Young skaters from the Youth Olympic Games. Photo courtesy of IOC.

The International Olympic Committee (IOC) continues to try and make its mark as a relevant entity for today’s global youth culture marketplace by engaging more in social media. Last week, the IOC  announced its latest social media campaign asking athletes to share their love of sport and get active with the #iLoveYOG hashtag as they gear up to the second Winter Youth Olympic Games in Lillehammer, Norway, this February, 2016.

They kicked-off the campaign using one of the biggest and most inspirational names in winter sport, South Korean Olympic figure skating champion, Yuna Kim. Also known as “Queen Yuna” the skating legend and YOG Ambassador got behind the campaign by opening her official Instagram account using the hashtag, which has already gained over 80,000 followers.

Following the success of #YOGselfie last summer in Nanjing at the second Summer edition of the Games, which saw 58 million people posting their sporty selfies on social media, the IOC aims to engage young athletes and fans in this latest campaign and ultimately get people active and involved in the YOG.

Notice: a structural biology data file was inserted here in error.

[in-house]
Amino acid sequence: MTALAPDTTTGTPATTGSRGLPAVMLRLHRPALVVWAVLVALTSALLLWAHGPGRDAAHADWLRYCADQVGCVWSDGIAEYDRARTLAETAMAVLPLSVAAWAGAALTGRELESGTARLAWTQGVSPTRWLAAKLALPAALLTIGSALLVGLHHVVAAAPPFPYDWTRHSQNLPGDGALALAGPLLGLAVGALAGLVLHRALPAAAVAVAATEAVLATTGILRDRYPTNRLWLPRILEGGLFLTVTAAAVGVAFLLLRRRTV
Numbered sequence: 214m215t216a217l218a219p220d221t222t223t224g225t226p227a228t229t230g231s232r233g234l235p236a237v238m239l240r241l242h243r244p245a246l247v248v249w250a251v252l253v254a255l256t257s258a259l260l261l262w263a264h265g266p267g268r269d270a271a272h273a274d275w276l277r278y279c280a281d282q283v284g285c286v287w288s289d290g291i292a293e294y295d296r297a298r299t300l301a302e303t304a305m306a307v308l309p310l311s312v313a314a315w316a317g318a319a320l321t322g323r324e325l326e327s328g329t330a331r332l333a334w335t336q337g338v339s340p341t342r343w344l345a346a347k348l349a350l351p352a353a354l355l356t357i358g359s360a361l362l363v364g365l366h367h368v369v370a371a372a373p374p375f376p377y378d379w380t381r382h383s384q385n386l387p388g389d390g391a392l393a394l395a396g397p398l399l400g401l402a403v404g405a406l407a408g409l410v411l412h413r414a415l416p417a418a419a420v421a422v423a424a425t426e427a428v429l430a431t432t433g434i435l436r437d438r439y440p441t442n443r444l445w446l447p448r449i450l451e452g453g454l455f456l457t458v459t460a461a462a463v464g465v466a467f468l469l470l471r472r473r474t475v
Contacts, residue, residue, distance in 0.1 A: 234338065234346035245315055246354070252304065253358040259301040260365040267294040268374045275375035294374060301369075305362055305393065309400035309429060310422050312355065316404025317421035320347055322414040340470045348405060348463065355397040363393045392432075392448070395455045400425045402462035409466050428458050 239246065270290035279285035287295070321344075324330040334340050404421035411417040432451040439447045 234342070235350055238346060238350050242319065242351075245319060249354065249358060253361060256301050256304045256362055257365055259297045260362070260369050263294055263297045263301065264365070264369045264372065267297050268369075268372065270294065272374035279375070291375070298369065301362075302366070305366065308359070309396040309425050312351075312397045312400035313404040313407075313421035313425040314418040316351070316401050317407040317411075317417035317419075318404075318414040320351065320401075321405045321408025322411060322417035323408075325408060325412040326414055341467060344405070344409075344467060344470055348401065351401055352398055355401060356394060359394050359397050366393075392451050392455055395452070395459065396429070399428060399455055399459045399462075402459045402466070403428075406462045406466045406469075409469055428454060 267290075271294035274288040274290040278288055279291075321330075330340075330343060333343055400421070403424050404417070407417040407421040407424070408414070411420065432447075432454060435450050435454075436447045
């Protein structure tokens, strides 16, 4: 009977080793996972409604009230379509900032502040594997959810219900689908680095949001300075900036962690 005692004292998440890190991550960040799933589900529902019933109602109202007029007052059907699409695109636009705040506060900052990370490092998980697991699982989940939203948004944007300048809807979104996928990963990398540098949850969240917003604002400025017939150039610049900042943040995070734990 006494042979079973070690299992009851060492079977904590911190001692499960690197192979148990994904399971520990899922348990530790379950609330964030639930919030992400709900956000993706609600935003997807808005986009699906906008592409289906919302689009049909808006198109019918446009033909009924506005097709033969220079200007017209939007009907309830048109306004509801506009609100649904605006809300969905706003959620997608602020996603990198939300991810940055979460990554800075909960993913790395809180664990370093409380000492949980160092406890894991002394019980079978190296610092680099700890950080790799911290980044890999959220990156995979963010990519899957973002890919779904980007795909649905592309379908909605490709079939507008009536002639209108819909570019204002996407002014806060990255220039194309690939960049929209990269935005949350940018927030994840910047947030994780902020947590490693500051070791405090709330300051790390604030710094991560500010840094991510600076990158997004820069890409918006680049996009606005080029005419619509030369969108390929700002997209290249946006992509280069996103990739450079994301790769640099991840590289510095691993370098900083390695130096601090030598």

During Games time, between 12 and 21 February 2016, printing stations will be available around Lillehammer for people to print their pictures posted on social media. Collectively, these thousands of images will create a giant mosaic – a piece of artwork that will then be donated to Lillehammer as part of the legacy of the Games.

In line with Olympic Agenda 2020, the Youth Olympic Games aim to engage with fans and young people around the world to encourage them to get active and enjoy the benefits of sport. The IOC sees social media as key to the success of this mission, and as outlined by Sir Martin Sorrell, CEO of WPP, the world’s largest marketing communications group, the IOC is striving “to use these Games as an incubator, as an accelerator and as a way of understanding what young people want.”

Ironically however, the Olympics often misses the fact that the sports that are in the Olympics simply are not relevant to the marketplace. In addition, where the Olympics is broadcast is not where young people are turning for their entertainment. TV has an older reach; YouTube is far more relevant, which has changed the business model of the Olympics’ reach (see also our 15th Annual Fall Youth Culture Study 2015).

In addition, says the IOC, they have also teamed up with other winter sports stars: US Alpine skier Lindsey Vonn, Norwegian Alpine skier Kjetil Jansrud, Norwegian slopestyler Silje Norendal and Norwegian ice hockey player Mats Zucarello. Collectively, these YOG Ambassadors reach millions of young fans through their social media accounts and support the IOC and Lillehammer 2016 in their campaigns to raise the profile of the forthcoming YOG.